August is filled with historic milestones — three that changed the world and one that changed the U.S. political landscape.
Seventy-five years ago on Aug. 6, the United States delivered a defining answer to Japan’s attack on Pearl Harbor. The Pearl was attacked on Dec. 7, 1941, and on Aug. 6, 1945, the U.S. unloaded an atomic bomb on Hiroshima, Japan. Just three days later in 1945, a second atomic bomb was dropped on Nagasaki. Japan delivered its surrender Aug. 14, 1945, to then President Harry Truman.
Mr. Truman had been vice president only a few months when President Franklin Roosevelt died on April 12, 1945. It was on that day that Mr. Truman was informed about a special project being worked on that was set in motion back in 1942 — the Manhattan Project and the building of a nuclear bomb.
Imagine becoming president after just three months of being vice president and then, just four months later, you make the decision to drop the atomic bombs on Japan — a decision that changed the world by introducing the age of nuclear weapons.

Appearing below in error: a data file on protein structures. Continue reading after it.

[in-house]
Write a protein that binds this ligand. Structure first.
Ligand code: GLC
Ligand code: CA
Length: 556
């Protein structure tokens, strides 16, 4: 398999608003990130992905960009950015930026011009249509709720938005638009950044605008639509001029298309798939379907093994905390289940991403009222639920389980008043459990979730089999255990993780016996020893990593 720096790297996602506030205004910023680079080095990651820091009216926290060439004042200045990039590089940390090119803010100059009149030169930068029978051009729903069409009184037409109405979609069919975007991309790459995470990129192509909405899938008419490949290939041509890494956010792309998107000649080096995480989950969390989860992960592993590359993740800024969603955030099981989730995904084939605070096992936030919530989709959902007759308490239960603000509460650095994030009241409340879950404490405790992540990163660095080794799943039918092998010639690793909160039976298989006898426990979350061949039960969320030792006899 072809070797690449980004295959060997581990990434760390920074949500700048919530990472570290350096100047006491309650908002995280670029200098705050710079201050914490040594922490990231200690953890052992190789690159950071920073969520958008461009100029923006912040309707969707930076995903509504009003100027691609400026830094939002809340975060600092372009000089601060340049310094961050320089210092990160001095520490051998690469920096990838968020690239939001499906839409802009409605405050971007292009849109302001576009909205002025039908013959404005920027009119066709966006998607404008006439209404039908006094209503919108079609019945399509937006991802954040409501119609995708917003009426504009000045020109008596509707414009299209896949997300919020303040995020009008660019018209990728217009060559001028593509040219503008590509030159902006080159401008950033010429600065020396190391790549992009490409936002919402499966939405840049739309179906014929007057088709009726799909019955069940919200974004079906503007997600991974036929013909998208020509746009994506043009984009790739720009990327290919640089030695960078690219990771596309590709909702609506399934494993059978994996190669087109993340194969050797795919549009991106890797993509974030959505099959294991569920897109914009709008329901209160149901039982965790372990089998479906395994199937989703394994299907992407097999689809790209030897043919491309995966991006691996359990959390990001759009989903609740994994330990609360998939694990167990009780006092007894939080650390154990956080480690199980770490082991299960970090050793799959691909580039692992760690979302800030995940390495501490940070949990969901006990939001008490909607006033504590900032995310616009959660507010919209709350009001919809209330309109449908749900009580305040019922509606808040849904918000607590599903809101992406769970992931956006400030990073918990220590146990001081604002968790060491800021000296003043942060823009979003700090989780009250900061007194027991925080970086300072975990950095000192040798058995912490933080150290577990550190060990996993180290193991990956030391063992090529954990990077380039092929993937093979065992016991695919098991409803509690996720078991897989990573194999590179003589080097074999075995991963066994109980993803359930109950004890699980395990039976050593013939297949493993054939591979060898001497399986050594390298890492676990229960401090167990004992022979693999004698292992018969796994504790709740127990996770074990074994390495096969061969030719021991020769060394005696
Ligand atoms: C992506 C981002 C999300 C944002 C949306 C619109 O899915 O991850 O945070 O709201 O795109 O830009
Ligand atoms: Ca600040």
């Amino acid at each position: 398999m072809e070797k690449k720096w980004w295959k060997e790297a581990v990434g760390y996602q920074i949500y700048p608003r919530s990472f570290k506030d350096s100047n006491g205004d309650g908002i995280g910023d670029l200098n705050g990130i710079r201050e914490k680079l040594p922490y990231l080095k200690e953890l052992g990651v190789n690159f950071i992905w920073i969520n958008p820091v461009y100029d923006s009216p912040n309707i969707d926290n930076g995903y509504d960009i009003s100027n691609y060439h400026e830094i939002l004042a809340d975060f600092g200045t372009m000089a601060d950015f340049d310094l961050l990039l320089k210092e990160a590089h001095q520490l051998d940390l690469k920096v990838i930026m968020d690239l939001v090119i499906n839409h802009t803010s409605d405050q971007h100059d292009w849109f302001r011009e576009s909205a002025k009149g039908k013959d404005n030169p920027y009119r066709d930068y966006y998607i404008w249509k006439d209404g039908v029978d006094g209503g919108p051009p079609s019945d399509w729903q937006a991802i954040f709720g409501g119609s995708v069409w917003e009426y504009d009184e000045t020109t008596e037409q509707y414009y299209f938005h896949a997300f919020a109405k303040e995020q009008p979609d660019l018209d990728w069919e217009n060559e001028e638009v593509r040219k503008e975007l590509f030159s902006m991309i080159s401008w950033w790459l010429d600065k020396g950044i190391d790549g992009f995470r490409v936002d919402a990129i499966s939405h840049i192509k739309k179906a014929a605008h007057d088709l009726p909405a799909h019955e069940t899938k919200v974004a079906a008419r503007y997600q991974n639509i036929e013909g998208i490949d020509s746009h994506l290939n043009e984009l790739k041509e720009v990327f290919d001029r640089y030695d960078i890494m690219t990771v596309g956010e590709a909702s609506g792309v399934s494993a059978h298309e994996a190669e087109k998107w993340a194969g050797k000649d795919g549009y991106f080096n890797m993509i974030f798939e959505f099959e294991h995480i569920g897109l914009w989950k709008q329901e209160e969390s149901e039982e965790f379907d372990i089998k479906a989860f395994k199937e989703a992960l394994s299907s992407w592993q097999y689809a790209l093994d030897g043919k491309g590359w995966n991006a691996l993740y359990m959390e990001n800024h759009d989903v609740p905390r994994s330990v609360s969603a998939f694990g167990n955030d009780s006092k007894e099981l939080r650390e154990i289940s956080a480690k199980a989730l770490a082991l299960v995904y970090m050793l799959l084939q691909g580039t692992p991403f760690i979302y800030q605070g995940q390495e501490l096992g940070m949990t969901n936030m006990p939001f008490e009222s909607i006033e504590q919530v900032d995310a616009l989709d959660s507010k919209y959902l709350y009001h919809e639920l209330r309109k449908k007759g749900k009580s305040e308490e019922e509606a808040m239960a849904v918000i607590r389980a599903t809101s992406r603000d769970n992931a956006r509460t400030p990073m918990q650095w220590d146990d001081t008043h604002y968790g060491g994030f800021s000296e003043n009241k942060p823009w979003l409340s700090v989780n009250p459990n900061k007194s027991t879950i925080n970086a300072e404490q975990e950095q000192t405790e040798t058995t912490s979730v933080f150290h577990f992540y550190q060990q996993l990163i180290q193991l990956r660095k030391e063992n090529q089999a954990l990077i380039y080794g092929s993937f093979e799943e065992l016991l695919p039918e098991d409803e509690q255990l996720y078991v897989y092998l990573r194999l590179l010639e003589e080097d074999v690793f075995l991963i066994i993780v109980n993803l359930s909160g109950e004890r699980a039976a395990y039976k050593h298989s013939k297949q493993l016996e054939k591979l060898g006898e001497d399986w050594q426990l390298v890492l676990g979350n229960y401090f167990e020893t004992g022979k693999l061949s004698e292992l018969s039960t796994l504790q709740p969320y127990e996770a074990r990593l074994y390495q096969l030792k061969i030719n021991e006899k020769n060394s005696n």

Late next year, we will pause and remember the 80th anniversary of Japan’s attack on Pearl Harbor. I have had the honor of standing next to military personnel who were present and survived the attack. Survivors not only gather at Pearl Harbor, they gather every Dec. 7 in downtown Phoenix where a memorial park is home to an anchor and signal mast from the USS Arizona, which was among the many ships lost at the Pearl. Like other Sun City West residents, I have also had the honor of standing on the USS Arizona Memorial, which sits over the ship in the Pearl as the names of the heroes lost stand before you on a wall of remembrance.
Only four days after the diamond anniversary of Japan’s surrender to the U.S., we have a much different anniversary. Aug. 18 is the 100th anniversary of women getting the right to vote. The 19th Amendment to the U.S. Constitution was ratified on Aug. 18, 1920 after many years of struggle to reach that goal, but Congress had passed the 19th Amendment on June 4, 1920.
There are a variety of demographics that help determine the outcomes of political races on the local, state and federal levels. From 1920 on into today’s election cycle, the female vote carries a lot of weight and, just a few months after the 100th anniversary of getting the right to vote, the decision they, including Sun City West residents, make at the polls or on a mail-in ballot will be a huge part of the outcome no matter who wins.
Editor’s Note: Gary Cohen is the host of the Rec Center Show on 103.1 KSCW that airs 8 a.m. Tuesdays.
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